http://www.cshl.edu

More articles from Life Sciences:

nachricht Toward a 'smart' patch that automatically delivers insulin when needed
18.01.2017 | American Chemical Society

nachricht 127 at one blow...
18.01.2017 | Stiftung Zoologisches Forschungsmuseum Alexander Koenig, Leibniz-Institut für Biodiversität der Tiere

All articles from Life Sciences >>>

The most recent press releases about innovation >>>

Die letzten 5 Focus-News des innovations-reports im Überblick:

Im Focus: How gut bacteria can make us ill

HZI researchers decipher infection mechanisms of Yersinia and immune responses of the host

Yersiniae cause severe intestinal infections. Studies using Yersinia pseudotuberculosis as a model organism aim to elucidate the infection mechanisms of these...

Im Focus: Interfacial Superconductivity: Magnetic and superconducting order revealed simultaneously

Researchers from the University of Hamburg in Germany, in collaboration with colleagues from the University of Aarhus in Denmark, have synthesized a new superconducting material by growing a few layers of an antiferromagnetic transition-metal chalcogenide on a bismuth-based topological insulator, both being non-superconducting materials.

While superconductivity and magnetism are generally believed to be mutually exclusive, surprisingly, in this new material, superconducting correlations...

Im Focus: Studying fundamental particles in materials

Laser-driving of semimetals allows creating novel quasiparticle states within condensed matter systems and switching between different states on ultrafast time scales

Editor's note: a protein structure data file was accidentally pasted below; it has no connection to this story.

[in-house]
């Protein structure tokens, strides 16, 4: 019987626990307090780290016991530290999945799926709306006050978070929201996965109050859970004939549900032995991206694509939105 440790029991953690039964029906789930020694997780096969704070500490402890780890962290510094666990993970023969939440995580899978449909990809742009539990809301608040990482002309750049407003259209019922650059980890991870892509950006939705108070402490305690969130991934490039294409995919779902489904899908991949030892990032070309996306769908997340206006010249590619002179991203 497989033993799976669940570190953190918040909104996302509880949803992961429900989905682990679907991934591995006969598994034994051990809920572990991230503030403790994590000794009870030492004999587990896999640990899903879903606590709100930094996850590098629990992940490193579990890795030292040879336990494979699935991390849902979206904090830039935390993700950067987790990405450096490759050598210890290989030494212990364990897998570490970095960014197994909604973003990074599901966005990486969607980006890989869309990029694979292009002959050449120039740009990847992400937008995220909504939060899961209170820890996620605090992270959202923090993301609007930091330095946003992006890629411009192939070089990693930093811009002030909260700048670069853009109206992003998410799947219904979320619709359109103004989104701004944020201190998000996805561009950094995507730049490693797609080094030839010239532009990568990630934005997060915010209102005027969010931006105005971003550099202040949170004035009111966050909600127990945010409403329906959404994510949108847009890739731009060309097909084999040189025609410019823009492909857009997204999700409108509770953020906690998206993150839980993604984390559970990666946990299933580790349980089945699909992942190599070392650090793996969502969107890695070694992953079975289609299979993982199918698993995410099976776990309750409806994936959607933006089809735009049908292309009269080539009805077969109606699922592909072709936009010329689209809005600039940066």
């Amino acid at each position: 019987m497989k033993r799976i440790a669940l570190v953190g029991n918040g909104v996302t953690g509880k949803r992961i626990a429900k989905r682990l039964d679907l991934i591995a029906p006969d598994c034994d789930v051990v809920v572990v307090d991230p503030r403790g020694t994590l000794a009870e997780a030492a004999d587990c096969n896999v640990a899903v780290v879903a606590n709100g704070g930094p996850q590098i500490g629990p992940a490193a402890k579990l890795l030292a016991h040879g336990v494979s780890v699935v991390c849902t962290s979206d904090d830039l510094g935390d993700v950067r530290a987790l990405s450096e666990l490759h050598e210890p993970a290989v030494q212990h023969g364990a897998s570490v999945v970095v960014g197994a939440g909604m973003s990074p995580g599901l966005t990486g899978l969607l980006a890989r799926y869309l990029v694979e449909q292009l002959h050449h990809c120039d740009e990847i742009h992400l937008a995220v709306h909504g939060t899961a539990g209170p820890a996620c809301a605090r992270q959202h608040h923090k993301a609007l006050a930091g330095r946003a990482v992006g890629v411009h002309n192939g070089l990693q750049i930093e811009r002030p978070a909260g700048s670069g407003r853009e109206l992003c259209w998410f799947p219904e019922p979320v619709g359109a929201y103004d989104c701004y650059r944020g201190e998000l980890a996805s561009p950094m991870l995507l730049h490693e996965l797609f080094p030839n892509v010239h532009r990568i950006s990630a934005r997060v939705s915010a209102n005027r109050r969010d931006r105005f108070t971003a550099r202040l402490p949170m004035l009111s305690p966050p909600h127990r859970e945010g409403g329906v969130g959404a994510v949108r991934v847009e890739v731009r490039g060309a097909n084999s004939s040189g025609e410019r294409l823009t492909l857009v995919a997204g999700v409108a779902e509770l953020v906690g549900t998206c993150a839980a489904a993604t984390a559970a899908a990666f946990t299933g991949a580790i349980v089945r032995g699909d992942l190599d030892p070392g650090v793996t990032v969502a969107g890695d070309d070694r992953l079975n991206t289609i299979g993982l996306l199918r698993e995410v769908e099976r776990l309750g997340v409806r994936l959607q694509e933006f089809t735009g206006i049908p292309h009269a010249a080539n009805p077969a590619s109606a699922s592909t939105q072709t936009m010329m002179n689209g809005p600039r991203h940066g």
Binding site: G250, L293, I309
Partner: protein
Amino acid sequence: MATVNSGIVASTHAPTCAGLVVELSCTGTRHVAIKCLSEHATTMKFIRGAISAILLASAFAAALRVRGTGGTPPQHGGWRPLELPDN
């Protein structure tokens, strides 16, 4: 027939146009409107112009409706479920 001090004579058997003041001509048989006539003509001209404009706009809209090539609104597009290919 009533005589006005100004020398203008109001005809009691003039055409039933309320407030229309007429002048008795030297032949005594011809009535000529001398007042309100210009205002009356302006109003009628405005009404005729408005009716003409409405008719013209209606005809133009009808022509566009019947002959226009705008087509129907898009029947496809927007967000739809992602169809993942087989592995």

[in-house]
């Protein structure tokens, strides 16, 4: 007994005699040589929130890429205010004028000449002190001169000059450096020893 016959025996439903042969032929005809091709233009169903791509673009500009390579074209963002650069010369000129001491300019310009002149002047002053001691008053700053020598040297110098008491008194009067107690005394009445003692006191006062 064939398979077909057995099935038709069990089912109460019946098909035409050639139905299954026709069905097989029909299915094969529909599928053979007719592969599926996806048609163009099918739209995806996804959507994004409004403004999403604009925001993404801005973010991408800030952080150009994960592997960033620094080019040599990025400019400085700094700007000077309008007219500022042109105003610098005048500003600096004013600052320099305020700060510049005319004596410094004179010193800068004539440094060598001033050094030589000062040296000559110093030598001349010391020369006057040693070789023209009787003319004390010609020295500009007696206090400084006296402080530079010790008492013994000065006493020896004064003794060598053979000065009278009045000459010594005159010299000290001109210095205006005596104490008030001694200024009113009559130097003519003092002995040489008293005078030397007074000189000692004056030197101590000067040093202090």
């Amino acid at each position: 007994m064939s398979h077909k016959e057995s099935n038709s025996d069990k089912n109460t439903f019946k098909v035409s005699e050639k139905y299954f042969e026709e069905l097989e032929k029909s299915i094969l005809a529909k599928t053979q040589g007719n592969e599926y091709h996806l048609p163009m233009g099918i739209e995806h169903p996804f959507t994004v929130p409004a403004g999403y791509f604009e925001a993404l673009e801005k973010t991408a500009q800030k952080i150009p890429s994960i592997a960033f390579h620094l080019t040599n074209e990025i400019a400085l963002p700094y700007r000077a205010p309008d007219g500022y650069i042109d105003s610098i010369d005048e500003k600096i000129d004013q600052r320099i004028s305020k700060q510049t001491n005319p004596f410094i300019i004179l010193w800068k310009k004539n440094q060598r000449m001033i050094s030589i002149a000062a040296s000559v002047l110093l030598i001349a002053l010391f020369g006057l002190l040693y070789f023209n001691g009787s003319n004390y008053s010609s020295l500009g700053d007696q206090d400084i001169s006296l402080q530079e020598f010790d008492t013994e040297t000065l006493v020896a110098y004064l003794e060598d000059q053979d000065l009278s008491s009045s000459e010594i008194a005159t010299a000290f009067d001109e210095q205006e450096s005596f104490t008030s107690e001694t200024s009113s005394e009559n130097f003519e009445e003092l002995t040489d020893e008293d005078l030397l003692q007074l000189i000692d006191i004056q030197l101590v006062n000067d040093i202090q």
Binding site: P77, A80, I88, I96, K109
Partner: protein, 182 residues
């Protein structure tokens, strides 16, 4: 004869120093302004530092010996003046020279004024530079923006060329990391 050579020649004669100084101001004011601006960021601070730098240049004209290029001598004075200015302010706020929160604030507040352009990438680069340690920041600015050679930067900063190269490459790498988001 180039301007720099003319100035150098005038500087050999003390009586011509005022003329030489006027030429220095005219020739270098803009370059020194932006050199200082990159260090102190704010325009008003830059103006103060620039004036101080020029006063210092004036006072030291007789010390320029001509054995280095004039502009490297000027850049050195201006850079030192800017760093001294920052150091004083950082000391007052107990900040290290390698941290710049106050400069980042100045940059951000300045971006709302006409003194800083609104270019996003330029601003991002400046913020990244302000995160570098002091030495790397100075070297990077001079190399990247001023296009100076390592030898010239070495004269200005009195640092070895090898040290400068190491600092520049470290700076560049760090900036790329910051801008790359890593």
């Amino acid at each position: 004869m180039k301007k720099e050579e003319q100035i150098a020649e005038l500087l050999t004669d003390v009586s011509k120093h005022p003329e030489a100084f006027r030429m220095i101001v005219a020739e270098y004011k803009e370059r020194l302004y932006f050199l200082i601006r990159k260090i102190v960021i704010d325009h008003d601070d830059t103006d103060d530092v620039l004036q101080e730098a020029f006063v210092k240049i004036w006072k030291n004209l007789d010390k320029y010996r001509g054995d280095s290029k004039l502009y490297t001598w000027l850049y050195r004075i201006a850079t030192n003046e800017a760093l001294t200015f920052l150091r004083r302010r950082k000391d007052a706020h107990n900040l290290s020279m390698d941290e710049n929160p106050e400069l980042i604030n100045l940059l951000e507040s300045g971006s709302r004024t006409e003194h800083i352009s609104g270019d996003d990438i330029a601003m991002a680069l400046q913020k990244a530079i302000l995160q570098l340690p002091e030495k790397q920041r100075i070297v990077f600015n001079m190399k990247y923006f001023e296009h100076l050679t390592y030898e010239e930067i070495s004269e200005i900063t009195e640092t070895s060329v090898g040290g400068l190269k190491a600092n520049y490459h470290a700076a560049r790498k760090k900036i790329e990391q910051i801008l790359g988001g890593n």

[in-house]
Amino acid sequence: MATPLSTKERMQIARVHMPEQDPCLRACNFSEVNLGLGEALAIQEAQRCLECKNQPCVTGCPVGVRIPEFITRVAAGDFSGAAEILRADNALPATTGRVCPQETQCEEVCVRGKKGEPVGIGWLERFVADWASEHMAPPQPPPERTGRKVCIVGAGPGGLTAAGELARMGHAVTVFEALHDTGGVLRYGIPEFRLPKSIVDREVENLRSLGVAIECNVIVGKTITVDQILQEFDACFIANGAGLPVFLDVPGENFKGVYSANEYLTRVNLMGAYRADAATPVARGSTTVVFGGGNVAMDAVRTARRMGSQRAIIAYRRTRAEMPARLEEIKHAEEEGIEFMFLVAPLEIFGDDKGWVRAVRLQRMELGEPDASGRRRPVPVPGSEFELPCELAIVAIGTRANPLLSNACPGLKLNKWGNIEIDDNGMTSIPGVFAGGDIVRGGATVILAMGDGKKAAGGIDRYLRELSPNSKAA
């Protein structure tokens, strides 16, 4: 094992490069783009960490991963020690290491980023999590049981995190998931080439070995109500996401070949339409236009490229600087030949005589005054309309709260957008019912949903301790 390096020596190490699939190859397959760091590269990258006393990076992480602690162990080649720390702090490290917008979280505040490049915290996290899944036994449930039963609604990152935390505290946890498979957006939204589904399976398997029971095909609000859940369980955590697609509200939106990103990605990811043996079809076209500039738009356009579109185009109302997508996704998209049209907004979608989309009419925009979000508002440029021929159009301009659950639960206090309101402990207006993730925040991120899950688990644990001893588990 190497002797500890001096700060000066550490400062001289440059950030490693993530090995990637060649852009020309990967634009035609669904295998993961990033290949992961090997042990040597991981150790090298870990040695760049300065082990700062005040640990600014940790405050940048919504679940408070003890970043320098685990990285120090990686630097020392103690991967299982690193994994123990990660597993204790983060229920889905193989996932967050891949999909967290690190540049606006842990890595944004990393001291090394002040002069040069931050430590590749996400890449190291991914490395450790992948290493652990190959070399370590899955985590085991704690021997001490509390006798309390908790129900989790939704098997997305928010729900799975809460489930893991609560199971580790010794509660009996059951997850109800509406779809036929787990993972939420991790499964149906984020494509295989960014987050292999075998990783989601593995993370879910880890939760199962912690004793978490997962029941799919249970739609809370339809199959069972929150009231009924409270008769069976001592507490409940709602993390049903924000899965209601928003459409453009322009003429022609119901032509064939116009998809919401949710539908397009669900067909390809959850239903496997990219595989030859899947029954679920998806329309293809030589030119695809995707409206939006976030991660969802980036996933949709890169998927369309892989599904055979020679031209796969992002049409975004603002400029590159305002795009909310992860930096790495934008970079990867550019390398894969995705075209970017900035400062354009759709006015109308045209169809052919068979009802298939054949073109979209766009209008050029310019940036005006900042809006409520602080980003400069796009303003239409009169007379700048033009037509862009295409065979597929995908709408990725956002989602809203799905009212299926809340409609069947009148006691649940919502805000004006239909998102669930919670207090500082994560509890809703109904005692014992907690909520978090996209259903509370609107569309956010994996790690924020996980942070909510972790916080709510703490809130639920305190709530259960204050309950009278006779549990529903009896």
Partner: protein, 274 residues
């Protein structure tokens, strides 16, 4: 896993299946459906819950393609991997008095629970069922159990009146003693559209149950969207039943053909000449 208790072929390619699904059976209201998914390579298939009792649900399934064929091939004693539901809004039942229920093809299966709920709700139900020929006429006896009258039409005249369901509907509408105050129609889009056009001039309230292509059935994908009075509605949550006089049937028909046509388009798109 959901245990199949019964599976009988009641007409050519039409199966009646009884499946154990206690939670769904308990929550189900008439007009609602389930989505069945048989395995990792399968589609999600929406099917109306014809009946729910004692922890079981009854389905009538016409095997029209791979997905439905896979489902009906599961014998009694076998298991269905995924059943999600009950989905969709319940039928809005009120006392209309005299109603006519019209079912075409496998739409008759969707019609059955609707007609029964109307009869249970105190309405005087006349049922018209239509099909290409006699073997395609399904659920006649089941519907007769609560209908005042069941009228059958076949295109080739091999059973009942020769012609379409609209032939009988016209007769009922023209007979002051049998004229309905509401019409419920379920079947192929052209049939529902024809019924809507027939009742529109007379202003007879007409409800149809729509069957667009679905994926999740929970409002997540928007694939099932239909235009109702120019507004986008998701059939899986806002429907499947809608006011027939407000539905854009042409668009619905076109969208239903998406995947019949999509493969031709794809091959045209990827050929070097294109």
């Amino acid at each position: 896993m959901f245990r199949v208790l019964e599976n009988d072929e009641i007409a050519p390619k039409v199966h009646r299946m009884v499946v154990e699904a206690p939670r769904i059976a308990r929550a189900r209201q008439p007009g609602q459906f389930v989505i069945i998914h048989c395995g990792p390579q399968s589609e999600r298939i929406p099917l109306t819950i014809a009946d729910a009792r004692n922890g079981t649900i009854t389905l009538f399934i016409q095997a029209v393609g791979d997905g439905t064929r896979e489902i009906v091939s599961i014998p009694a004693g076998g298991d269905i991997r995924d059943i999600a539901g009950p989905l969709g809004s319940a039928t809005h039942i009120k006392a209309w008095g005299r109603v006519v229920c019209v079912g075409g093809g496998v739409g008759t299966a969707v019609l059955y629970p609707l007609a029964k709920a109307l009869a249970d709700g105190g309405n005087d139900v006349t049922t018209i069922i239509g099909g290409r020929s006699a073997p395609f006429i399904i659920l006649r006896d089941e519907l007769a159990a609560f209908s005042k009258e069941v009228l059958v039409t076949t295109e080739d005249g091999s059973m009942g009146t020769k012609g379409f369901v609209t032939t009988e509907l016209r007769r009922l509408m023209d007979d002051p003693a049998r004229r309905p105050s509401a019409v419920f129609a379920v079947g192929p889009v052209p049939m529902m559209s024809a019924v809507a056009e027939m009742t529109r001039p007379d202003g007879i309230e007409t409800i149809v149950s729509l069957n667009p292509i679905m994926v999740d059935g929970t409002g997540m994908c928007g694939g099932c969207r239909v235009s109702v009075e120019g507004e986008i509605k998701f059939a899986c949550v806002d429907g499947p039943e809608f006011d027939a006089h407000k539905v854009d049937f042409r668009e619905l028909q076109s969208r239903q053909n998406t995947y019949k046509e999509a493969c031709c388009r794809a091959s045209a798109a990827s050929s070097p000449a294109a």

Studying properties of fundamental particles in condensed matter systems is a promising approach to quantum field theory. Quasiparticles offer the opportunity...

Im Focus: Designing Architecture with Solar Building Envelopes

Among the general public, solar thermal energy is currently associated with dark blue, rectangular collectors on building roofs. Technologies are needed for aesthetically high quality architecture which offer the architect more room for manoeuvre when it comes to low- and plus-energy buildings. With the “ArKol” project, researchers at Fraunhofer ISE together with partners are currently developing two façade collectors for solar thermal energy generation, which permit a high degree of design flexibility: a strip collector for opaque façade sections and a solar thermal blind for transparent sections. The current state of the two developments will be presented at the BAU 2017 trade fair.

As part of the “ArKol – development of architecturally highly integrated façade collectors with heat pipes” project, Fraunhofer ISE together with its partners...

Im Focus: How to inflate a hardened concrete shell with a weight of 80 t

At TU Wien, an alternative for resource intensive formwork for the construction of concrete domes was developed. It is now used in a test dome for the Austrian Federal Railways Infrastructure (ÖBB Infrastruktur).

Concrete shells are efficient structures, but not very resource efficient. The formwork for the construction of concrete domes alone requires a high amount of...

All Focus news of the innovation-report >>>

Anzeige

Anzeige

Event News

12V, 48V, high-voltage – trends in E/E automotive architecture

10.01.2017 | Event News

2nd Conference on Non-Textual Information on 10 and 11 May 2017 in Hannover

09.01.2017 | Event News

Nothing will happen without batteries making it happen!

05.01.2017 | Event News

 
Latest News

A big nano boost for solar cells

18.01.2017 | Power and Electrical Engineering

Glass's off-kilter harmonies

18.01.2017 | Materials Sciences

Toward a 'smart' patch that automatically delivers insulin when needed

18.01.2017 | Life Sciences

VideoLinks
B2B-VideoLinks
More VideoLinks >>>